1. Zero Divisor Problem?

I posted a thread about modular math but this has a different application.

Suppose that a*b = 0 (mod n), and that a and b are positive integers both less than n.

Does it follow that either a|n or b|n? If so, why? If not, is there an example providing the contrary?

2. Originally Posted by 1337h4x
I posted a thread about modular math but this has a different application.

Suppose that a*b = 0 (mod n), and that a and b are positive integers both less than n.

Does it follow that either a|n or b|n? If so, why? If not, is there an example providing the contrary?
There are many easy counter-examples. Did you try anything?

3. Originally Posted by Bruno J.
There are many easy counter-examples. Did you try anything?
Yes, but as I said, modular math is relatively new to me. I'm asking these questions so I get a better understanding of how this works.

4. The notation $ab\equiv{0}\ (\text{mod }n)$ means that ab is divisible by n, or n | ab, which means there is an integer m such that ab=mn. But you can't conclude that a | n or b | n, since some of the prime factors of a and b might be contained in m.

As Bruno J. said, it's easy to find counter examples. Here's one:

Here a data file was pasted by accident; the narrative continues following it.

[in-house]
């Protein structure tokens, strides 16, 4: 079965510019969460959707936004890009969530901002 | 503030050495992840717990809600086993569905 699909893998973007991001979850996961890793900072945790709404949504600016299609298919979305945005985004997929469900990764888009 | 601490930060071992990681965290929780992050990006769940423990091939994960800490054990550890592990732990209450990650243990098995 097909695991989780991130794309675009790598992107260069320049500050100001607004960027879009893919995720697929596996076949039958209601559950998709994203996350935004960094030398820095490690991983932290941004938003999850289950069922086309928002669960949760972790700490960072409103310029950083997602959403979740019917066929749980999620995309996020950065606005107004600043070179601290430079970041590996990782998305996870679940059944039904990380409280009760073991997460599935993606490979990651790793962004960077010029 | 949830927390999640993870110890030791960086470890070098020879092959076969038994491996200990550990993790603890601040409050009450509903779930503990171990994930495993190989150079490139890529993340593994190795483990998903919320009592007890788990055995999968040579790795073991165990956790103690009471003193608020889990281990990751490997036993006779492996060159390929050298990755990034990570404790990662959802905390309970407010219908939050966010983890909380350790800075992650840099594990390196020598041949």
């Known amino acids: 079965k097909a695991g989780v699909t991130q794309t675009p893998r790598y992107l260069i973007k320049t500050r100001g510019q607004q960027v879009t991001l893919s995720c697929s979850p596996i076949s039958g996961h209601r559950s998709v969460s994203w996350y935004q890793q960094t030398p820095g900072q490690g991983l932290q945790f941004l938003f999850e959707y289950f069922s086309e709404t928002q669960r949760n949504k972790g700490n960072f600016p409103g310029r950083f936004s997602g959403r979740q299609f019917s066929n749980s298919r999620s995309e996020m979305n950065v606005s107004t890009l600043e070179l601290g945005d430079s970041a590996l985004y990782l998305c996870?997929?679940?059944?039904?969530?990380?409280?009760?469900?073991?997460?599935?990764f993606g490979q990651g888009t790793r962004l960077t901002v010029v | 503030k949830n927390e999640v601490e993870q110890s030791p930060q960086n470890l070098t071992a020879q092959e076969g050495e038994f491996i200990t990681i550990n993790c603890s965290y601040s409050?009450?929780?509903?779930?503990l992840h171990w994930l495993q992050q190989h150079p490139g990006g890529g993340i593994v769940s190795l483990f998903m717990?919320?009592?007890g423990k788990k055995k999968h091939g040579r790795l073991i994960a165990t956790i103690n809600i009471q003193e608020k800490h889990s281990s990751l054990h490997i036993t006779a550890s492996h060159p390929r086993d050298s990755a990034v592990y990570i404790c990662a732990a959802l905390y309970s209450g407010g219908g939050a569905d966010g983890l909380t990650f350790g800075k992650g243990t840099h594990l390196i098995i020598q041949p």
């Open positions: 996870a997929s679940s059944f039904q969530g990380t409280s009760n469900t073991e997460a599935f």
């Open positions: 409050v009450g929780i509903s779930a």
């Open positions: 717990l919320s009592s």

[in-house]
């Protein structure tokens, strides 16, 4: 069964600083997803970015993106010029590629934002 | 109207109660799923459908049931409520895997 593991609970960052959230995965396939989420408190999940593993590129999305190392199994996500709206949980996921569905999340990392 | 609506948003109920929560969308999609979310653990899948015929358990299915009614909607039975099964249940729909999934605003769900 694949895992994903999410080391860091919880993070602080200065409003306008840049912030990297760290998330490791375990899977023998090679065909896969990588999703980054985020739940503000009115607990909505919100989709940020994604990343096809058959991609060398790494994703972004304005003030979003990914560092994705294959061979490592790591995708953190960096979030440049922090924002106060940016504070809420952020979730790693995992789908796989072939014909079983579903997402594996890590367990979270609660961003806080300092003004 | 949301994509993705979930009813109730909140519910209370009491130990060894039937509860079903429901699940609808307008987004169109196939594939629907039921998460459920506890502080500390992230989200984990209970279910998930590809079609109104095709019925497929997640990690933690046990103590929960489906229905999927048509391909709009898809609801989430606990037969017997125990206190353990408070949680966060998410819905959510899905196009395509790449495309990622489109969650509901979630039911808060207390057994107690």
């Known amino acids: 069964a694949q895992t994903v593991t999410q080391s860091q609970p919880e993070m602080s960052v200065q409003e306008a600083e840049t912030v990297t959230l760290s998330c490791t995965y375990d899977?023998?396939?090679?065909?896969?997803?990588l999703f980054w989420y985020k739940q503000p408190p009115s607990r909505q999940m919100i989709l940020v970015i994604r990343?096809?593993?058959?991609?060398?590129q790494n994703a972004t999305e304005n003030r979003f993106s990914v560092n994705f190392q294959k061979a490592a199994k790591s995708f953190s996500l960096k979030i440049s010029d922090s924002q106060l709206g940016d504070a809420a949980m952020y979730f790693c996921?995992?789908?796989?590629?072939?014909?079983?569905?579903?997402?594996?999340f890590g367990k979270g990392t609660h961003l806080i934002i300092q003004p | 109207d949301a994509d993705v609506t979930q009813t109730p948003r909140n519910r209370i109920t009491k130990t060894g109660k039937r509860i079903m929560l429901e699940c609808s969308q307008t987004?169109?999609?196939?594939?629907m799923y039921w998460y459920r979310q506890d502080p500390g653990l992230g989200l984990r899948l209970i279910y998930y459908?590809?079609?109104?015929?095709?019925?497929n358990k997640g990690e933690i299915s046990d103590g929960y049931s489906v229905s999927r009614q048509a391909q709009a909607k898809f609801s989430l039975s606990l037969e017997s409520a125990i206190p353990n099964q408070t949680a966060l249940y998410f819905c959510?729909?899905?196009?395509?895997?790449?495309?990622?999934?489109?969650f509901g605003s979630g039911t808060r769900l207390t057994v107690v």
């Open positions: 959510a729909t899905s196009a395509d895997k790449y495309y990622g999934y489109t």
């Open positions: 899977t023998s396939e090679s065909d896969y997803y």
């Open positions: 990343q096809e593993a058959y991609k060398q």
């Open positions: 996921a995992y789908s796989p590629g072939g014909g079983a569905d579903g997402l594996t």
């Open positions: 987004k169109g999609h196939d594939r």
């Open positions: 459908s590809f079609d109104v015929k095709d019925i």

a=6, b=5, m=10, n=3: ab=30, so $ab\equiv{0}\ (\text{mod }3)$ and neither 6 nor 5 divides 3.

- Hollywood

5. Thanks!!!!! That makes sense!

6. Originally Posted by 1337h4x
I posted a thread about modular math but this has a different application.

Suppose that a*b = 0 (mod n), and that a and b are positive integers both less than n.

Does it follow that either a|n or b|n? If so, why? If not, is there an example providing the contrary?
Originally Posted by hollywood
As Bruno J. said, it's easy to find counter examples. Here's one:
a=6, b=5, m=10, n=3: ab=30, so $ab\equiv{0}\ (\text{mod }3)$ and neither 6 nor 5 divides 3.
That example doesn't quite work, because the condition in red is not satisfied: 6 and 5 are not less than 3. What you need is that a and b between them contain all the factors of n, but neither a nor b individually contains all the factors of n. In addition, a and b must each have some factor that is not a factor of n. For example, a=6, b=10, n=15.

7. Originally Posted by Opalg
That example doesn't quite work, because the condition in red is not satisfied: 6 and 5 are not less than 3. What you need is that a and b between them contain all the factors of n, but neither a nor b individually contains all the factors of n. In addition, a and b must each have some factor that is not a factor of n. For example, a=6, b=10, n=15.
Good point! Thanks.

- Hollywood